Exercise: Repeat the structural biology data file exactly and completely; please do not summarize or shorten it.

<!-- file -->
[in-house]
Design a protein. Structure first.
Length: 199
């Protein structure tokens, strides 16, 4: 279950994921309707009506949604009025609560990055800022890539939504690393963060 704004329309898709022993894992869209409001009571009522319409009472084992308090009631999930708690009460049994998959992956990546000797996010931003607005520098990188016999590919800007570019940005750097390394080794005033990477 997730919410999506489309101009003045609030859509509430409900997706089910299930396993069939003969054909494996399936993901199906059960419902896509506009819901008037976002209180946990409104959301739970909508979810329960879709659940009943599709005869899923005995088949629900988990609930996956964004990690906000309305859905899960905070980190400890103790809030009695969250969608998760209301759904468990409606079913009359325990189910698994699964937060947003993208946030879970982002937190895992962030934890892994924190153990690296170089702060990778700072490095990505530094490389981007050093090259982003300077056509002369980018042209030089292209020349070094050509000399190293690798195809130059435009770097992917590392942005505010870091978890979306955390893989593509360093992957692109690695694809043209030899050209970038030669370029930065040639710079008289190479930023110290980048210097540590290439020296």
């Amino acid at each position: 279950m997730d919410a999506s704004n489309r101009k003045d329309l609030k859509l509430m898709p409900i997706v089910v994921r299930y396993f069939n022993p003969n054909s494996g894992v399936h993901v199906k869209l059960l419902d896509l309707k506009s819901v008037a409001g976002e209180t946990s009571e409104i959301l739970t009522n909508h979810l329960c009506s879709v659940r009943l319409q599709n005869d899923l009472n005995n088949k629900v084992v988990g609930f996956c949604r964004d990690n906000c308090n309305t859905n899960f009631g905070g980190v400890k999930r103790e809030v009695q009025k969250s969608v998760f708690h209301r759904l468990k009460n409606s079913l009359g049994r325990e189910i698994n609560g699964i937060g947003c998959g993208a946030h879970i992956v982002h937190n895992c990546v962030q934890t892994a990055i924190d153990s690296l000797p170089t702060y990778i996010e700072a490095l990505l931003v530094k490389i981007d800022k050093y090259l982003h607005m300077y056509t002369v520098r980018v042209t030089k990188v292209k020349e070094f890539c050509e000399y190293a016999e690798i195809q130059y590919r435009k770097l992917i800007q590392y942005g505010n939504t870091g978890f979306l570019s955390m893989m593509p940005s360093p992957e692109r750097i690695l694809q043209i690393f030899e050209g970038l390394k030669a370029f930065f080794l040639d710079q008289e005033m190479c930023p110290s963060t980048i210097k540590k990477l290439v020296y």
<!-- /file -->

[in-house]
Design a protein. Structure first.
Length: 199
């Protein structure tokens, strides 16, 4: 279950994921309707009506949604009025609560990055800022890539939504690393963060 704004329309898709022993894992869209409001009571009522319409009472084992308090009631999930708690009460049994998959992956990546000797996010931003607005520098990188016999590919800007570019940005750097390394080794005033990477 997730919410999506489309101009003045609030859509509430409900997706089910299930396993069939003969054909494996399936993901199906059960419902896509506009819901008037976002209180946990409104959301739970909508979810329960879709659940009943599709005869899923005995088949629900988990609930996956964004990690906000309305859905899960905070980190400890103790809030009695969250969608998760209301759904468990409606079913009359325990189910698994699964937060947003993208946030879970982002937190895992962030934890892994924190153990690296170089702060990778700072490095990505530094490389981007050093090259982003300077056509002369980018042209030089292209020349070094050509000399190293690798195809130059435009770097992917590392942005505010870091978890979306955390893989593509360093992957692109690695694809043209030899050209970038030669370029930065040639710079008289190479930023110290980048210097540590290439020296």
């Amino acid at each position: 279950m997730d919410a999506s704004n489309r101009k003045d329309l609030k859509l509430m898709p409900i997706v089910v994921r299930y396993f069939n022993p003969n054909s494996g894992v399936h993901v199906k869209l059960l419902d896509l309707k506009s819901v008037a409001g976002e209180t946990s009571e409104i959301l739970t009522n909508h979810l329960c009506s879709v659940r009943l319409q599709n005869d899923l009472n005995n088949k629900v084992v988990g609930f996956c949604r964004d990690n906000c308090n309305t859905n899960f009631g905070g980190v400890k999930r103790e809030v009695q009025k969250s969608v998760f708690h209301r759904l468990k009460n409606s079913l009359g049994r325990e189910i698994n609560g699964i937060g947003c998959g993208a946030h879970i992956v982002h937190n895992c990546v962030q934890t892994a990055i924190d153990s690296l000797p170089t702060y990778i996010e700072a490095l990505l931003v530094k490389i981007d800022k050093y090259l982003h607005m300077y056509t002369v520098r980018v042209t030089k990188v292209k020349e070094f890539c050509e000399y190293a016999e690798i195809q130059y590919r435009k770097l992917i800007q590392y942005g505010n939504t870091g978890f979306l570019s955390m893989m593509p940005s360093p992957e692109r750097i690695l694809q043209i690393f030899e050209g970038l390394k030669a370029f930065f080794l040639d710079q008289e005033m190479c930023p110290s963060t980048i210097k540590k990477l290439v020296y």